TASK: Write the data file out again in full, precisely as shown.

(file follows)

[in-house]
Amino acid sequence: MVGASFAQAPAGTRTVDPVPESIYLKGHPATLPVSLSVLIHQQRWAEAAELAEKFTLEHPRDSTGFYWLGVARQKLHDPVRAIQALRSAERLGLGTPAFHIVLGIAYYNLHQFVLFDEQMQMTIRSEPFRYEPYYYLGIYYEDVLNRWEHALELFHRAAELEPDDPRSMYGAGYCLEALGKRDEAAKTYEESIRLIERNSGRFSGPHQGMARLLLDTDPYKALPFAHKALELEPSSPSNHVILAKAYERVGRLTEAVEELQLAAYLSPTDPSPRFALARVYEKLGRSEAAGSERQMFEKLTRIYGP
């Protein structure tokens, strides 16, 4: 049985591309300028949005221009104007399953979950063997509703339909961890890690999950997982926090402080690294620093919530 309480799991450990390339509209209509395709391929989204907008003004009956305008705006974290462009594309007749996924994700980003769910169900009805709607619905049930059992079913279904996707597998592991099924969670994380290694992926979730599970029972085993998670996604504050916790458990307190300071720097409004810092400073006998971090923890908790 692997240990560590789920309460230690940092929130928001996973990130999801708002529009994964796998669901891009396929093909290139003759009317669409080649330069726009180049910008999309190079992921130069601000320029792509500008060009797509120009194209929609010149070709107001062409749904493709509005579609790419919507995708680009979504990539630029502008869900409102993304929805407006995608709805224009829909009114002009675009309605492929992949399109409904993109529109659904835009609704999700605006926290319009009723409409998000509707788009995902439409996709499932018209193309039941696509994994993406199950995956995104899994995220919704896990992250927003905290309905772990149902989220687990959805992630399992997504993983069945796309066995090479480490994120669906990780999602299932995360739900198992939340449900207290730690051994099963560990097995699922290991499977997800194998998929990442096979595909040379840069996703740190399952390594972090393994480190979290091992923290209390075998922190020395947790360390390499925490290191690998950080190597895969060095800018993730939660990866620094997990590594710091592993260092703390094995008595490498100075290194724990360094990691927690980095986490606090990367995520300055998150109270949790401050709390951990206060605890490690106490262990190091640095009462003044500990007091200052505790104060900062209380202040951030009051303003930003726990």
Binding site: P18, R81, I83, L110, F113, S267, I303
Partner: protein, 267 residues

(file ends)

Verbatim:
[in-house]
Amino acid sequence: MVGASFAQAPAGTRTVDPVPESIYLKGHPATLPVSLSVLIHQQRWAEAAELAEKFTLEHPRDSTGFYWLGVARQKLHDPVRAIQALRSAERLGLGTPAFHIVLGIAYYNLHQFVLFDEQMQMTIRSEPFRYEPYYYLGIYYEDVLNRWEHALELFHRAAELEPDDPRSMYGAGYCLEALGKRDEAAKTYEESIRLIERNSGRFSGPHQGMARLLLDTDPYKALPFAHKALELEPSSPSNHVILAKAYERVGRLTEAVEELQLAAYLSPTDPSPRFALARVYEKLGRSEAAGSERQMFEKLTRIYGP
């Protein structure tokens, strides 16, 4: 049985591309300028949005221009104007399953979950063997509703339909961890890690999950997982926090402080690294620093919530 309480799991450990390339509209209509395709391929989204907008003004009956305008705006974290462009594309007749996924994700980003769910169900009805709607619905049930059992079913279904996707597998592991099924969670994380290694992926979730599970029972085993998670996604504050916790458990307190300071720097409004810092400073006998971090923890908790 692997240990560590789920309460230690940092929130928001996973990130999801708002529009994964796998669901891009396929093909290139003759009317669409080649330069726009180049910008999309190079992921130069601000320029792509500008060009797509120009194209929609010149070709107001062409749904493709509005579609790419919507995708680009979504990539630029502008869900409102993304929805407006995608709805224009829909009114002009675009309605492929992949399109409904993109529109659904835009609704999700605006926290319009009723409409998000509707788009995902439409996709499932018209193309039941696509994994993406199950995956995104899994995220919704896990992250927003905290309905772990149902989220687990959805992630399992997504993983069945796309066995090479480490994120669906990780999602299932995360739900198992939340449900207290730690051994099963560990097995699922290991499977997800194998998929990442096979595909040379840069996703740190399952390594972090393994480190979290091992923290209390075998922190020395947790360390390499925490290191690998950080190597895969060095800018993730939660990866620094997990590594710091592993260092703390094995008595490498100075290194724990360094990691927690980095986490606090990367995520300055998150109270949790401050709390951990206060605890490690106490262990190091640095009462003044500990007091200052505790104060900062209380202040951030009051303003930003726990």
Binding site: P18, R81, I83, L110, F113, S267, I303
Partner: protein, 267 residues